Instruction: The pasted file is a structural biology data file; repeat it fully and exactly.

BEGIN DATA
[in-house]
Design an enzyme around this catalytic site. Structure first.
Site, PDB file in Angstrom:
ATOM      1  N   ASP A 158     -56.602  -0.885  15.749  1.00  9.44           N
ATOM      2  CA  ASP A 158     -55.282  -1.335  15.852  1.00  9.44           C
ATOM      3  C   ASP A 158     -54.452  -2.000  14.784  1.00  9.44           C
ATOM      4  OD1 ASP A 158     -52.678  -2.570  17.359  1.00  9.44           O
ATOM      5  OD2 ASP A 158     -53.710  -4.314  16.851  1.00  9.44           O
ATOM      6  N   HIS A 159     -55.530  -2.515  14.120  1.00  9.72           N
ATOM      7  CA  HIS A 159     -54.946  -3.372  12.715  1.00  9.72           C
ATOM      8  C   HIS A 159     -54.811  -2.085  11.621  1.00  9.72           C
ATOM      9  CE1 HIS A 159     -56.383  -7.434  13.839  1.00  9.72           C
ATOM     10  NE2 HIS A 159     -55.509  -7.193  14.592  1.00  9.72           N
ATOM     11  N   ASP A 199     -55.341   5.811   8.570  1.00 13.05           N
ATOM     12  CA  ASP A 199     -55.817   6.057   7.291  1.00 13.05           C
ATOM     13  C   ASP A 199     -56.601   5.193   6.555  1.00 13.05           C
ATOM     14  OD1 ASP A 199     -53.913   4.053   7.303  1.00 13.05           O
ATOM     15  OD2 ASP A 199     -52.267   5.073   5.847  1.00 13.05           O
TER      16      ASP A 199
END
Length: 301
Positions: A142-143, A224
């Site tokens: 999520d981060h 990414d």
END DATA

[in-house]
Design an enzyme around this catalytic site. Structure first.
Site, PDB file in Angstrom:
ATOM      1  N   ASP A 158     -56.602  -0.885  15.749  1.00  9.44           N
ATOM      2  CA  ASP A 158     -55.282  -1.335  15.852  1.00  9.44           C
ATOM      3  C   ASP A 158     -54.452  -2.000  14.784  1.00  9.44           C
ATOM      4  OD1 ASP A 158     -52.678  -2.570  17.359  1.00  9.44           O
ATOM      5  OD2 ASP A 158     -53.710  -4.314  16.851  1.00  9.44           O
ATOM      6  N   HIS A 159     -55.530  -2.515  14.120  1.00  9.72           N
ATOM      7  CA  HIS A 159     -54.946  -3.372  12.715  1.00  9.72           C
ATOM      8  C   HIS A 159     -54.811  -2.085  11.621  1.00  9.72           C
ATOM      9  CE1 HIS A 159     -56.383  -7.434  13.839  1.00  9.72           C
ATOM     10  NE2 HIS A 159     -55.509  -7.193  14.592  1.00  9.72           N
ATOM     11  N   ASP A 199     -55.341   5.811   8.570  1.00 13.05           N
ATOM     12  CA  ASP A 199     -55.817   6.057   7.291  1.00 13.05           C
ATOM     13  C   ASP A 199     -56.601   5.193   6.555  1.00 13.05           C
ATOM     14  OD1 ASP A 199     -53.913   4.053   7.303  1.00 13.05           O
ATOM     15  OD2 ASP A 199     -52.267   5.073   5.847  1.00 13.05           O
TER      16      ASP A 199
END
Length: 301
Positions: A142-143, A224
């Site tokens: 999520d981060h 990414d």